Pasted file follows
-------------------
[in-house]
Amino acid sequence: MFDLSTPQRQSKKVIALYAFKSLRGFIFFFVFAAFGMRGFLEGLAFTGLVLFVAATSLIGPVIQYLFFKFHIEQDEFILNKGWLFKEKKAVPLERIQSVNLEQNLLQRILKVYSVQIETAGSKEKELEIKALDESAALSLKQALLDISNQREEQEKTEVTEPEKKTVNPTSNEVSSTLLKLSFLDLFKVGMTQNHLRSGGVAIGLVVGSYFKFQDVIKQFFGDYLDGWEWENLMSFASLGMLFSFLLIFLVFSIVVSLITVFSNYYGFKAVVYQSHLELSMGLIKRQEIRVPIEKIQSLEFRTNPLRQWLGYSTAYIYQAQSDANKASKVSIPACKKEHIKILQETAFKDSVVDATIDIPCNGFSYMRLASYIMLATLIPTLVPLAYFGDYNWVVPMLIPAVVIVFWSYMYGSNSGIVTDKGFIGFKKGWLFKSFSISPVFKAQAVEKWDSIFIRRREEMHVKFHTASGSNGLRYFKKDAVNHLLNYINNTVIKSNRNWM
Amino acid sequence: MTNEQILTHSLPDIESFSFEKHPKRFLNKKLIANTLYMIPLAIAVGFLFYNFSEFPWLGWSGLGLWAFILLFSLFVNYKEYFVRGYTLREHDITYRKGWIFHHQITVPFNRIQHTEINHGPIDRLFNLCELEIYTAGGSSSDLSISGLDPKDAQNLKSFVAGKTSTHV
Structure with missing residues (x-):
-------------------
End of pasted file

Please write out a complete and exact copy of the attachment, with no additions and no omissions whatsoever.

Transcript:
[in-house]
Amino acid sequence: MFDLSTPQRQSKKVIALYAFKSLRGFIFFFVFAAFGMRGFLEGLAFTGLVLFVAATSLIGPVIQYLFFKFHIEQDEFILNKGWLFKEKKAVPLERIQSVNLEQNLLQRILKVYSVQIETAGSKEKELEIKALDESAALSLKQALLDISNQREEQEKTEVTEPEKKTVNPTSNEVSSTLLKLSFLDLFKVGMTQNHLRSGGVAIGLVVGSYFKFQDVIKQFFGDYLDGWEWENLMSFASLGMLFSFLLIFLVFSIVVSLITVFSNYYGFKAVVYQSHLELSMGLIKRQEIRVPIEKIQSLEFRTNPLRQWLGYSTAYIYQAQSDANKASKVSIPACKKEHIKILQETAFKDSVVDATIDIPCNGFSYMRLASYIMLATLIPTLVPLAYFGDYNWVVPMLIPAVVIVFWSYMYGSNSGIVTDKGFIGFKKGWLFKSFSISPVFKAQAVEKWDSIFIRRREEMHVKFHTASGSNGLRYFKKDAVNHLLNYINNTVIKSNRNWM
Amino acid sequence: MTNEQILTHSLPDIESFSFEKHPKRFLNKKLIANTLYMIPLAIAVGFLFYNFSEFPWLGWSGLGLWAFILLFSLFVNYKEYFVRGYTLREHDITYRKGWIFHHQITVPFNRIQHTEINHGPIDRLFNLCELEIYTAGGSSSDLSISGLDPKDAQNLKSFVAGKTSTHV
Structure with missing residues (x-):